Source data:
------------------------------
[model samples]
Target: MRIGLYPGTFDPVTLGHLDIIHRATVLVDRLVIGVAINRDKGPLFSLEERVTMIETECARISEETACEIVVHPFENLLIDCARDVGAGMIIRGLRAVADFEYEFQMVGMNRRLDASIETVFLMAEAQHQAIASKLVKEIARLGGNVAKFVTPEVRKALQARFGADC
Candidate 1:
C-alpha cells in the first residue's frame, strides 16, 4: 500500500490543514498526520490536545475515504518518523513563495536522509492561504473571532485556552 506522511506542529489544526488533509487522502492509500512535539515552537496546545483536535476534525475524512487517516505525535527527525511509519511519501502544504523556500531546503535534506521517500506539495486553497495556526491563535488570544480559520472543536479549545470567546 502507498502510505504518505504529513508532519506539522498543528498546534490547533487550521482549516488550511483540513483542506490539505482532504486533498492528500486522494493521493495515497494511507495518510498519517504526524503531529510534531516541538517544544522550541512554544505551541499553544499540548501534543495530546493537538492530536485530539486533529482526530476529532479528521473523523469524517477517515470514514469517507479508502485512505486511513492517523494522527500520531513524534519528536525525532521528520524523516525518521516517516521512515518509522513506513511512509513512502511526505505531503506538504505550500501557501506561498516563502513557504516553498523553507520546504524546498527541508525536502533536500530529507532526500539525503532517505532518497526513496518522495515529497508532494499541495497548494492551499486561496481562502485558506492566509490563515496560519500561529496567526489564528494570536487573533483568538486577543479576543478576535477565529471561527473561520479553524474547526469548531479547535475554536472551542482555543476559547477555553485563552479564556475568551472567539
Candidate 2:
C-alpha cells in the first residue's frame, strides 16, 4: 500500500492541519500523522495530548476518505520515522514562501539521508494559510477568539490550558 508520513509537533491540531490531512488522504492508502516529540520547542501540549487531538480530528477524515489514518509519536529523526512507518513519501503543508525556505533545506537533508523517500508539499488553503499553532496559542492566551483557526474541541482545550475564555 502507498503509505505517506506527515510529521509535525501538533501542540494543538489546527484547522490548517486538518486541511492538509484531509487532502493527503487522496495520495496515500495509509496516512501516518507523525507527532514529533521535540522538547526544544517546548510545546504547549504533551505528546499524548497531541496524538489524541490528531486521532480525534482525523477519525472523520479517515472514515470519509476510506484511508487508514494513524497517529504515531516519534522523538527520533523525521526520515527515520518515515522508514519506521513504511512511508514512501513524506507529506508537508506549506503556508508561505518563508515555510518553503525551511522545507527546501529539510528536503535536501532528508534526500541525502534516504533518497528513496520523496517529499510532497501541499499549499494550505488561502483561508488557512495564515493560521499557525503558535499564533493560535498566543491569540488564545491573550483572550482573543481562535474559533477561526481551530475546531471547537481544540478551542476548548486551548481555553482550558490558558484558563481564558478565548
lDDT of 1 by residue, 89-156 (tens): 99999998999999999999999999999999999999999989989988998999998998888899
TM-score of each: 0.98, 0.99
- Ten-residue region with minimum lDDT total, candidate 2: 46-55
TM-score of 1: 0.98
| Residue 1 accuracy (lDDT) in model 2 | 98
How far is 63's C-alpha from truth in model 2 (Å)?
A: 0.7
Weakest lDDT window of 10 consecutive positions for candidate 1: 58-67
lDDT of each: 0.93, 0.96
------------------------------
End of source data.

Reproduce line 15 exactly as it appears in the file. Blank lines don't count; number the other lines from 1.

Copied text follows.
lDDT of each: 0.93, 0.96